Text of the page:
Recipes & Cooking
Heading to a cookout? For the sake of saving yourself tummy troubles (and the extra calories), avoid these not-good-for-you eats.
A monster burger
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Hamburgers aren’t the enemy, but ones the size of your head, are. If hosting your own cookout, choose a leaner ground beef mix and carefully measure out patty sizes (try OXO’s burger press, which helps you easily create perfectly portioned disks) to ensure you’re not overdoing it. “I like a 75 percent lean 25 percent fat beef mix, which delivers a lot of flavor and stays moist. If you go any lower, it can sometimes get chalky,” says Jens Dahlmann, corporate executive chef for LongHorn Steakhouse and vice president of culinary development. You can also play around with other leaner proteins, like lamb, bison, or turkey (try Jennie-O’s various ground turkey or pre-formed patty options); just be careful not to over-grill them, since the leaner the cut, the easier it is to overcook and be left with tough meat. “Beef is the king of burgers, but lamb is a better-for-you red meat and has a lot of flavor to it. Pair it with some tomato, red onion, cucumber, and a little bit of feta and it’s very simple but satisfying,” he says.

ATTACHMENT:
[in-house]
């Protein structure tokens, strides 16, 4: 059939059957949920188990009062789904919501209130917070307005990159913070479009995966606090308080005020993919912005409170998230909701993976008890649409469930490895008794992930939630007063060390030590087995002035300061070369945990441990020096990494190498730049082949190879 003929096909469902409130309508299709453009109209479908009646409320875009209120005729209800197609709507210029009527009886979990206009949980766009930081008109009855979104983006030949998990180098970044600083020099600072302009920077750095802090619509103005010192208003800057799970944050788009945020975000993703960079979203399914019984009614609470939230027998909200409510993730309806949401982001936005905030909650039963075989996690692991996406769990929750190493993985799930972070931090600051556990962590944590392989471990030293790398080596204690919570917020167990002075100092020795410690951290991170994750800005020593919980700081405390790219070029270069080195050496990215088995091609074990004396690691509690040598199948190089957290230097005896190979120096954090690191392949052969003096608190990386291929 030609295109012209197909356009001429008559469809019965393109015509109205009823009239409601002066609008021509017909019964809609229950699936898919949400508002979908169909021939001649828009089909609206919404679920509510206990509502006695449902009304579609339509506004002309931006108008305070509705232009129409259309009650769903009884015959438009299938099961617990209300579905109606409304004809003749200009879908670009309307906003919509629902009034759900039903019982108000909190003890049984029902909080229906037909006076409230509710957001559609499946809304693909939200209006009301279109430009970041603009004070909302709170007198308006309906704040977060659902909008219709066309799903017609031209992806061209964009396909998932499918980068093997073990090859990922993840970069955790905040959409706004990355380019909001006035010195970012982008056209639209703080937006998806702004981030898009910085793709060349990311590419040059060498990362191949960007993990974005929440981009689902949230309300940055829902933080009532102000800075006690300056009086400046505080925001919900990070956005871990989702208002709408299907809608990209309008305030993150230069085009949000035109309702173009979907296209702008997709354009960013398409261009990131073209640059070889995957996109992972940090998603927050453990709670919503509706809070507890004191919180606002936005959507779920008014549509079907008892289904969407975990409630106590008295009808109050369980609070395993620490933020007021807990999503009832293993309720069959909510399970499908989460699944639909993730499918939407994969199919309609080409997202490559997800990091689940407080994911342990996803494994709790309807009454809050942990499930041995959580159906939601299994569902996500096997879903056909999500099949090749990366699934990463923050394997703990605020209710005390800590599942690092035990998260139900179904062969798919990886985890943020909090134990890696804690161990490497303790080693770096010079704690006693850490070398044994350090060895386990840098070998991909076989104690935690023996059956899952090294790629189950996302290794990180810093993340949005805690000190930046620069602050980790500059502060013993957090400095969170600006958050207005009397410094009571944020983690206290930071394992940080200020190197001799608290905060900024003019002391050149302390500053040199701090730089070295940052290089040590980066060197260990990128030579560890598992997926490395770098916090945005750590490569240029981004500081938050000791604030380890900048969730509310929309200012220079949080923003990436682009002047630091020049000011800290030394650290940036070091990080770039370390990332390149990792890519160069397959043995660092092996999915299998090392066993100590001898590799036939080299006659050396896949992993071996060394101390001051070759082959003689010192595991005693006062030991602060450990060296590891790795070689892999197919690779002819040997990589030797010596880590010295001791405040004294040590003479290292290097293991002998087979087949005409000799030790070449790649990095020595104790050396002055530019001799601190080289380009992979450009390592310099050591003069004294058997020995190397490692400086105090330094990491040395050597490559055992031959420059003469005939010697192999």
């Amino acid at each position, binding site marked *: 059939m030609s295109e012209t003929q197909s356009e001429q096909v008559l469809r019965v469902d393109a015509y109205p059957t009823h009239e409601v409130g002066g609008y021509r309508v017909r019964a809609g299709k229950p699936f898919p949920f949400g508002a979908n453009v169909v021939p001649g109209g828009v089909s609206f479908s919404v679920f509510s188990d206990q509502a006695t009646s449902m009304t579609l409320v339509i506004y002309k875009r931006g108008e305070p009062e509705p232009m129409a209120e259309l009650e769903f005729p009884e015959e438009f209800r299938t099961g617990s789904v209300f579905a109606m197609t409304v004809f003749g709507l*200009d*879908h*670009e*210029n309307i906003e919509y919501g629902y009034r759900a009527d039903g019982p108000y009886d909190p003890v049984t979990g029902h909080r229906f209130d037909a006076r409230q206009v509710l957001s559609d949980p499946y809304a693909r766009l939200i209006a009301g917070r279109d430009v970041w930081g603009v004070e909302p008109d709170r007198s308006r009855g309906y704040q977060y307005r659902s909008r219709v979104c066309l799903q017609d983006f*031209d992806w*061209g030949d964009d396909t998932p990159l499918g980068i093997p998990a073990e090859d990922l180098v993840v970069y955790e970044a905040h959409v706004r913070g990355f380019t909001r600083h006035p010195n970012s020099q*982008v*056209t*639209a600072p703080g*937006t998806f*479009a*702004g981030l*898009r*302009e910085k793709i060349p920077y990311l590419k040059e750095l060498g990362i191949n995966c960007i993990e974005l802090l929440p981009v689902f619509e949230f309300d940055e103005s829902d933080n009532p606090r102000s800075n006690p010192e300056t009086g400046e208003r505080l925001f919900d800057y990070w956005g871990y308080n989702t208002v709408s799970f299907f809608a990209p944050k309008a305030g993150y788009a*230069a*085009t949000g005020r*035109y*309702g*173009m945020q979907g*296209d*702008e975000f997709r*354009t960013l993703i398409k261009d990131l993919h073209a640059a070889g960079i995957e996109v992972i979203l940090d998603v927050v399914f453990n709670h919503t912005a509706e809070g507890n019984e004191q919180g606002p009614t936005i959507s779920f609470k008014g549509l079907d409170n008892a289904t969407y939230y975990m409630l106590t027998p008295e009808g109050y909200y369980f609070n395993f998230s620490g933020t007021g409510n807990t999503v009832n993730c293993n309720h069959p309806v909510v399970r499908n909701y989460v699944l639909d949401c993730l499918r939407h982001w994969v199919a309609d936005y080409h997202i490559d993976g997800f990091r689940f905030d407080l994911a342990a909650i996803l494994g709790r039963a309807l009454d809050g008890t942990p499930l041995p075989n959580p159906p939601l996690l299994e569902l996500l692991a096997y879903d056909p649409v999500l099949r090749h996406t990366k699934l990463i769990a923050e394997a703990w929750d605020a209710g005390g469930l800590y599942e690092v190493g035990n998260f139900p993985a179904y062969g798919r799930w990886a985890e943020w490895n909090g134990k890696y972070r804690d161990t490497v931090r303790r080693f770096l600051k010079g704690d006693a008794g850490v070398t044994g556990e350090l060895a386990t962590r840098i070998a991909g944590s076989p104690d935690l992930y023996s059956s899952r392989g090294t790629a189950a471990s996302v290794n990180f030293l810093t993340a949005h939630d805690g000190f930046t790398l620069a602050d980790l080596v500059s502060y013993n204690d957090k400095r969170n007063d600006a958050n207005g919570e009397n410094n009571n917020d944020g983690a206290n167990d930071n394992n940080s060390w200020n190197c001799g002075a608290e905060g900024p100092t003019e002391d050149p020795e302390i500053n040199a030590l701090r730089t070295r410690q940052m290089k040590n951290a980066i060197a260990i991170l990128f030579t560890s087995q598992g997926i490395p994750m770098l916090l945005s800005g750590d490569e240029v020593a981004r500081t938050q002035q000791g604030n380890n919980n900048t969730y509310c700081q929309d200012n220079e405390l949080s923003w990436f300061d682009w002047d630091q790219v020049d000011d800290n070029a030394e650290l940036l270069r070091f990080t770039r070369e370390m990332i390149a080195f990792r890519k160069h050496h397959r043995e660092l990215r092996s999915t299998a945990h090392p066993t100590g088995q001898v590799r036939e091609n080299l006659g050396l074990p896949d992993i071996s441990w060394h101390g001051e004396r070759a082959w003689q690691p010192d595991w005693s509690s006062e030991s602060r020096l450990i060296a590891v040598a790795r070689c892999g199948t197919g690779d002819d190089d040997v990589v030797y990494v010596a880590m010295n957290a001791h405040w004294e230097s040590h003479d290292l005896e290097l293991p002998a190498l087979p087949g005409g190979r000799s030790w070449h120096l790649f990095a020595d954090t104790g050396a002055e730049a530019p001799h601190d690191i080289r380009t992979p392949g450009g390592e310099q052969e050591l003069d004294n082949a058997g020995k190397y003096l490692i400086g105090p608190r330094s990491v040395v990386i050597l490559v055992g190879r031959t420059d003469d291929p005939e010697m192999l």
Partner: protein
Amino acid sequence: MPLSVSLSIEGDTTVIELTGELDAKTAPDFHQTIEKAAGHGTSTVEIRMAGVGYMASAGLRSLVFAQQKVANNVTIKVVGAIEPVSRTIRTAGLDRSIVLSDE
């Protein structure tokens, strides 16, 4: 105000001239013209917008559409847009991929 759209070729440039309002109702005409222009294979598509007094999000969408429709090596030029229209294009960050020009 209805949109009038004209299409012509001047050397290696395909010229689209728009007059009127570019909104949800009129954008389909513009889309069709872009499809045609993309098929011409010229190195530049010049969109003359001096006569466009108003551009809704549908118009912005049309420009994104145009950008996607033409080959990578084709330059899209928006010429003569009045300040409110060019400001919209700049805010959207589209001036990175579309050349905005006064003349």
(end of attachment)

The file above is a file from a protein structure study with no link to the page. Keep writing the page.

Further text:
Traditional potato and macaroni salads are often made with gobs of mayonnaise, which may taste delicious but is a definite fat bomb. Plus, they can spoil easily under the hot sun, making them a hot bed for food poisoning. If you’re hosting and salads are your weakness, try making a lighter version using mostly low-fat Greek yogurt mixed with just a little mayo and lots of fresh herbs for added flavor; load up the salad with fresh diced veggies like cucumber, zucchini, tomatoes, corn, spinach, or anything else you like. “Adding in more veggies means you’ll get some with each bite,” says Marisa Moore, RDN, a registered dietitian nutritionist. You can also try using sweet potatoes instead of white for more fiber, potassium, and vitamin A, or opt for whole wheat or high protein noodles (try Banza, a chickpea pasta, or POW! pasta by Ancient Harvest, noodles made with beans and ancient grains) for some nutrients with your carbs. Don’t miss the foods likely to give you food poisoning this summer.
Solo sausage links
Sausage lovers know that it’s not hard to gobble up more than one delicious link. Unfortunately, that also means you’re likely ingesting way more fat and salt than is healthy. Instead, slice up sausage and grill it on a skewer with a few veggie chunks (onions, peppers, or zucchini grill up beautifully) sandwiched between the meat. “Skewers are a built-in way to add extra veggies while pumping up the fiber,” says Moore. You can also choose better-for-you sausages, like turkey or chicken (try Applegate Farms’ chicken and turkey sausages), which tend to be lower in fat.